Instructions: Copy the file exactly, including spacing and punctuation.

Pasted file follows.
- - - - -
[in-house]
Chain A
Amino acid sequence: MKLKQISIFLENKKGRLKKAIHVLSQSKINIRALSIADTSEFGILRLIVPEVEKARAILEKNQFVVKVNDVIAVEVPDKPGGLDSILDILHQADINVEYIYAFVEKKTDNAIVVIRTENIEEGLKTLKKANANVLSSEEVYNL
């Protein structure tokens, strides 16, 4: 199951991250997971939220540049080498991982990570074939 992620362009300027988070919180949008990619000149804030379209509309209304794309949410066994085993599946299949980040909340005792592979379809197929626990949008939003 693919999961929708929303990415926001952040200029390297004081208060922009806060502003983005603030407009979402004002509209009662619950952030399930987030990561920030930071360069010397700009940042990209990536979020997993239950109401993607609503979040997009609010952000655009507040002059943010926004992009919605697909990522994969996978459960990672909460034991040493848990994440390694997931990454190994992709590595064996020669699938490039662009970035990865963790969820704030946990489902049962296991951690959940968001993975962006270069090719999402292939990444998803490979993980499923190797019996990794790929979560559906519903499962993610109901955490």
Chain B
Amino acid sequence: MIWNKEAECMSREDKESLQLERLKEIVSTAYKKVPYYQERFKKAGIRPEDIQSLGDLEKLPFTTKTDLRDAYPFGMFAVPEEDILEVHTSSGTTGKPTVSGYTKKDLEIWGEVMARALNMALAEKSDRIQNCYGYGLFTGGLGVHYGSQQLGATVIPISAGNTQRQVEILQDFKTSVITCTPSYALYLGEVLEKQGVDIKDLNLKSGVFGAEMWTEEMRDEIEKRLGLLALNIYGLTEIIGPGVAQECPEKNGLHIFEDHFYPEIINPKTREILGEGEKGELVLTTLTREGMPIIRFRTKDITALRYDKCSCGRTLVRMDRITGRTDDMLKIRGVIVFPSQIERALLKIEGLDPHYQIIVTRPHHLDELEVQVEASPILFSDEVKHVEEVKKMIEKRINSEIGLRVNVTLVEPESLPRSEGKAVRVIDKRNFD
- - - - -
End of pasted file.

[in-house]
Chain A
Amino acid sequence: MKLKQISIFLENKKGRLKKAIHVLSQSKINIRALSIADTSEFGILRLIVPEVEKARAILEKNQFVVKVNDVIAVEVPDKPGGLDSILDILHQADINVEYIYAFVEKKTDNAIVVIRTENIEEGLKTLKKANANVLSSEEVYNL
């Protein structure tokens, strides 16, 4: 199951991250997971939220540049080498991982990570074939 992620362009300027988070919180949008990619000149804030379209509309209304794309949410066994085993599946299949980040909340005792592979379809197929626990949008939003 693919999961929708929303990415926001952040200029390297004081208060922009806060502003983005603030407009979402004002509209009662619950952030399930987030990561920030930071360069010397700009940042990209990536979020997993239950109401993607609503979040997009609010952000655009507040002059943010926004992009919605697909990522994969996978459960990672909460034991040493848990994440390694997931990454190994992709590595064996020669699938490039662009970035990865963790969820704030946990489902049962296991951690959940968001993975962006270069090719999402292939990444998803490979993980499923190797019996990794790929979560559906519903499962993610109901955490």
Chain B
Amino acid sequence: MIWNKEAECMSREDKESLQLERLKEIVSTAYKKVPYYQERFKKAGIRPEDIQSLGDLEKLPFTTKTDLRDAYPFGMFAVPEEDILEVHTSSGTTGKPTVSGYTKKDLEIWGEVMARALNMALAEKSDRIQNCYGYGLFTGGLGVHYGSQQLGATVIPISAGNTQRQVEILQDFKTSVITCTPSYALYLGEVLEKQGVDIKDLNLKSGVFGAEMWTEEMRDEIEKRLGLLALNIYGLTEIIGPGVAQECPEKNGLHIFEDHFYPEIINPKTREILGEGEKGELVLTTLTREGMPIIRFRTKDITALRYDKCSCGRTLVRMDRITGRTDDMLKIRGVIVFPSQIERALLKIEGLDPHYQIIVTRPHHLDELEVQVEASPILFSDEVKHVEEVKKMIEKRINSEIGLRVNVTLVEPESLPRSEGKAVRVIDKRNFD